Chapter 4. The Fair at Great Mongeham - Decline of the fair

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Chapter 4. The Fair at Great Mongeham
A charter is granted
The fair flourishes
Decline of the fair
Evidence for a fair
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Decline of the Fair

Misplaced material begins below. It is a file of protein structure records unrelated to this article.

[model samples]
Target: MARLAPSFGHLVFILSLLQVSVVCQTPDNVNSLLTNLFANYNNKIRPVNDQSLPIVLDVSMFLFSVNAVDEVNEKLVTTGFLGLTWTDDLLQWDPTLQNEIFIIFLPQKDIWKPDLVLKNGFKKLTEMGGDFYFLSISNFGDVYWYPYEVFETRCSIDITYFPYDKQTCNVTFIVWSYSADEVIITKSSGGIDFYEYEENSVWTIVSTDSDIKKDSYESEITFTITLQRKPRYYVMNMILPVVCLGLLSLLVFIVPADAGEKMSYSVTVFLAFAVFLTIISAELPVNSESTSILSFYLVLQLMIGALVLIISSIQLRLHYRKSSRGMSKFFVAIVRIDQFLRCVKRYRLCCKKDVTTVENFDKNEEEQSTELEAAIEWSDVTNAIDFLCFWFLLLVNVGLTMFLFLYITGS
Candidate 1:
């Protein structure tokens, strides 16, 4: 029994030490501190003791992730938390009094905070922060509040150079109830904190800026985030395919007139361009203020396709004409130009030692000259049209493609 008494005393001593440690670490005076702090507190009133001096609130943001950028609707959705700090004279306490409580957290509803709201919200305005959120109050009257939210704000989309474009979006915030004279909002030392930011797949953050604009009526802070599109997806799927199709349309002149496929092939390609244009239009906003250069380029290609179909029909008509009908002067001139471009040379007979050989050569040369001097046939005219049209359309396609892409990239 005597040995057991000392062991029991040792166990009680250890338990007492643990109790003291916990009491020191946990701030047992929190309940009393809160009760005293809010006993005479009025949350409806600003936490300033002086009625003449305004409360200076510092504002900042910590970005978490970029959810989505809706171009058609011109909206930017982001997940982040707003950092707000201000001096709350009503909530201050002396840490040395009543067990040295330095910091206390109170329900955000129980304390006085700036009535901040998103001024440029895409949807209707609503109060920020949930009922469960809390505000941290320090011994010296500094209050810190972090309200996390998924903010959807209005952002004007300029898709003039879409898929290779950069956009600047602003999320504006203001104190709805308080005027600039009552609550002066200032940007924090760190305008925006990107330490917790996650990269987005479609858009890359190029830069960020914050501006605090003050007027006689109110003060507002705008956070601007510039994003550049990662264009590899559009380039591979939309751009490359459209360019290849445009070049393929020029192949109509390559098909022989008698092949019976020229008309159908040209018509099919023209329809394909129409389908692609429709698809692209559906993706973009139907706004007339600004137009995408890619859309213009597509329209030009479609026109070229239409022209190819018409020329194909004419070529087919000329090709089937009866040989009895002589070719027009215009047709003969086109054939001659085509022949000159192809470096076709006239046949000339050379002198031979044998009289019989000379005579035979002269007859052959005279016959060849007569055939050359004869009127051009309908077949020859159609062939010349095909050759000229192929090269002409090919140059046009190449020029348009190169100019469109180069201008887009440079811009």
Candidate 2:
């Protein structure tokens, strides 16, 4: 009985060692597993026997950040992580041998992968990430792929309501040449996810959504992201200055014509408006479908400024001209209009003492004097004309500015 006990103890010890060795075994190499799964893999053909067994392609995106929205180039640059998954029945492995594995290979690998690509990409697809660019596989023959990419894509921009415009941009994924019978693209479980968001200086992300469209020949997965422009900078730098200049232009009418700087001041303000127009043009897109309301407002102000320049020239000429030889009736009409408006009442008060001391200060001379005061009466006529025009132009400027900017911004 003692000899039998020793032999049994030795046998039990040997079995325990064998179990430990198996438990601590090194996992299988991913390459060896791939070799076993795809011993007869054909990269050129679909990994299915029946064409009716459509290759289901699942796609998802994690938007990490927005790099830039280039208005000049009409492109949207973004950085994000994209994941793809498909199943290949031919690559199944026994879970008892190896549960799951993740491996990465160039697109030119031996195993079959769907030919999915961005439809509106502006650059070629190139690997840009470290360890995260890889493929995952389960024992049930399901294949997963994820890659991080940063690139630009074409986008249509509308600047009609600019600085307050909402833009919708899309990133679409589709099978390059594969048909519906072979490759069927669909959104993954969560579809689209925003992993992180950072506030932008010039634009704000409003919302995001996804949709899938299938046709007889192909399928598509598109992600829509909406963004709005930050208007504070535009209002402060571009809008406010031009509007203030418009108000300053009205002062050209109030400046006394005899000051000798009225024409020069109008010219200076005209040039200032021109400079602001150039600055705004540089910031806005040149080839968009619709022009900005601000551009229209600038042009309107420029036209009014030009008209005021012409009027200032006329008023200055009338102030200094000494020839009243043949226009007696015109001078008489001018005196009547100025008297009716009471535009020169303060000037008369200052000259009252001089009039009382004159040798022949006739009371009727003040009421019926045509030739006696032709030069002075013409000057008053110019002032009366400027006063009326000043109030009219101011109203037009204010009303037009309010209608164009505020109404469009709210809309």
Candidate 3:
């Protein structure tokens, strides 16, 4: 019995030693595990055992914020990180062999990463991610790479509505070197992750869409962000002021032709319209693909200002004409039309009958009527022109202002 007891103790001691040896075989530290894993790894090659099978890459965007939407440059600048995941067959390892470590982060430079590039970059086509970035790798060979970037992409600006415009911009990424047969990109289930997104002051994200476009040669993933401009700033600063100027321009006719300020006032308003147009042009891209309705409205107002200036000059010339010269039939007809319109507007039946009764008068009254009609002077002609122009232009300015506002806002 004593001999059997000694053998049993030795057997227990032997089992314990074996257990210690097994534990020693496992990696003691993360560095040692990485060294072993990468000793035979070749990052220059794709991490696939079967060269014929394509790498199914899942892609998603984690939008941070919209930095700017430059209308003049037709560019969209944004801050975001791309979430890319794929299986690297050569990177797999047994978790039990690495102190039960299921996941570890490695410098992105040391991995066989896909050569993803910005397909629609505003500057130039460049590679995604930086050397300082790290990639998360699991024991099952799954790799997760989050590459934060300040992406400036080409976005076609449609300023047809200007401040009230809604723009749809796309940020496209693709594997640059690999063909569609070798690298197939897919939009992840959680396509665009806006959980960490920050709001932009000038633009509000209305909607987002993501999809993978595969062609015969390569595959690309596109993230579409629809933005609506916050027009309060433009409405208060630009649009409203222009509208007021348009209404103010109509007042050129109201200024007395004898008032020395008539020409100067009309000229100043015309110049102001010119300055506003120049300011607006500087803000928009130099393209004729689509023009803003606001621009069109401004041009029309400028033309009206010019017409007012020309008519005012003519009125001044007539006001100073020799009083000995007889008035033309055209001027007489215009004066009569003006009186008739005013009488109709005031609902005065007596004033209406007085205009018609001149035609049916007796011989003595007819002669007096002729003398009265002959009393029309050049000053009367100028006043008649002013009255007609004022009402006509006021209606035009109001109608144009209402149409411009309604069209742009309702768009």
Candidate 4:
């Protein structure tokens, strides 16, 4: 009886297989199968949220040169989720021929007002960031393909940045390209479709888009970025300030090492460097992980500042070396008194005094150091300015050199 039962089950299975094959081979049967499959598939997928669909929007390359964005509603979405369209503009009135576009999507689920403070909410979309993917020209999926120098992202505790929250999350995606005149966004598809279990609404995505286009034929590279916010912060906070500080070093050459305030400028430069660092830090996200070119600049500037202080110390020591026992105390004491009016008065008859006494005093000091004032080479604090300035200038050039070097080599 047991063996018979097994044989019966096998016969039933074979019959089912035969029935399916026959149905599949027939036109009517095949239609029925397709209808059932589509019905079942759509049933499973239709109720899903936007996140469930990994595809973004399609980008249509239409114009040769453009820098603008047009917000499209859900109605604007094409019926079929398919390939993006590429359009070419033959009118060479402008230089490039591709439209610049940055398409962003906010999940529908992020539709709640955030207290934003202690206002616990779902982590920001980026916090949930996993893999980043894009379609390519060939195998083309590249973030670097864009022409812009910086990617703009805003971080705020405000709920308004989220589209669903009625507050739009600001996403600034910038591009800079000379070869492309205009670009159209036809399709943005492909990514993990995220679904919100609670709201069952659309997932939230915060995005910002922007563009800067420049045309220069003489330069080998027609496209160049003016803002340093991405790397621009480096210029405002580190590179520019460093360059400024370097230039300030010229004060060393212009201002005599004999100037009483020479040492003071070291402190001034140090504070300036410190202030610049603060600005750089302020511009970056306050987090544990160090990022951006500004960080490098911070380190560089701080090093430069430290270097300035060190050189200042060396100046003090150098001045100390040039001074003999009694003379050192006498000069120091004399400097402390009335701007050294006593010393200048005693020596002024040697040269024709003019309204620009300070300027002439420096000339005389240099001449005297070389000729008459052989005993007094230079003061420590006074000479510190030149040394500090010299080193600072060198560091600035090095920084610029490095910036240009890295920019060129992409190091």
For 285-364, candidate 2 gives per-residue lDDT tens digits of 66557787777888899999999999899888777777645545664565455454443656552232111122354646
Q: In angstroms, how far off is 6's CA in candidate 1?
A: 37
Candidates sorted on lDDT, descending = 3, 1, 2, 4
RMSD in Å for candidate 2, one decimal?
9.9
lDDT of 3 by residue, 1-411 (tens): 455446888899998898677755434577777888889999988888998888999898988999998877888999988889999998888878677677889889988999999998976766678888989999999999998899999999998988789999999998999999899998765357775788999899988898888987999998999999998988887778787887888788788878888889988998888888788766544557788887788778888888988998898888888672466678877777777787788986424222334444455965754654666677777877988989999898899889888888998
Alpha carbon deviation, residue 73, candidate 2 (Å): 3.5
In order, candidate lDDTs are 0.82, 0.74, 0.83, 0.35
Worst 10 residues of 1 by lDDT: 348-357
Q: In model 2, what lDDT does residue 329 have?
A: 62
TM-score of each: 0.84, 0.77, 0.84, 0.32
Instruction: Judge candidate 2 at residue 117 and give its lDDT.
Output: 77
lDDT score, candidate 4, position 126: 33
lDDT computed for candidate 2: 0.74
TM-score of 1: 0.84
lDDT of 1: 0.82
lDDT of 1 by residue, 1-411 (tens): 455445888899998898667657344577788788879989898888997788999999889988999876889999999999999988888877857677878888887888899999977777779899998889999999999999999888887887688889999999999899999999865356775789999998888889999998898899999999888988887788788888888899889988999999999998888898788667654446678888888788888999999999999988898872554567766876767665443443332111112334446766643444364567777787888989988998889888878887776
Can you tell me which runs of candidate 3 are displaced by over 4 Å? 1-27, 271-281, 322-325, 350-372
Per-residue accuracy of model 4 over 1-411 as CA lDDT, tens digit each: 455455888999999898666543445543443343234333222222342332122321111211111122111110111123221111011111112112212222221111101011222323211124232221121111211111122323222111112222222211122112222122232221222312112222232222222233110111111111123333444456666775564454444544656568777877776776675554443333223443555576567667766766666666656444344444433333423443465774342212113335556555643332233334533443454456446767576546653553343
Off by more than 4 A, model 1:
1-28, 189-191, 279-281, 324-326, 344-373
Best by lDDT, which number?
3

But the heyday of the Great Mongeham fair was to pass. As the Middle Ages progressed so more and more goods would have been available from shops in nearby towns such as Sandwich and Dover. The growth of Deal in the seventeenth century meant that there was not so far to walk to the shops. In Richard Kilburne’s survey of Kent of 1659 he wrote ‘A Fair is kept here yearly upon St. Lukes day’, which suggests that the fair had already been reduced to one day. By 1800 the date had been changed to 29th October. A newspaper article in the Deal, Walmer and Sandwich Mercury of 3 November, 1865 recorded that “This fair was held on Monday last and will soon be numbered among the things that were. Time was when the Mongeham ‘annual’ attracted a considerable number of dealers in cattle, sheep and horses, but of late years it has continued to grow ‘small by degrees and beautifully less’. The show on Monday consisted of a few old nags – high in bone and low in flesh – and we are informed, only one cow.” By the late nineteenth century the fair was gone. All that was left in the village was an annual funfair which was held in the field opposite the Three Horseshoes, where the dairy now stands. That too is gone, and only survives in the memories of some of our older inhabitants.



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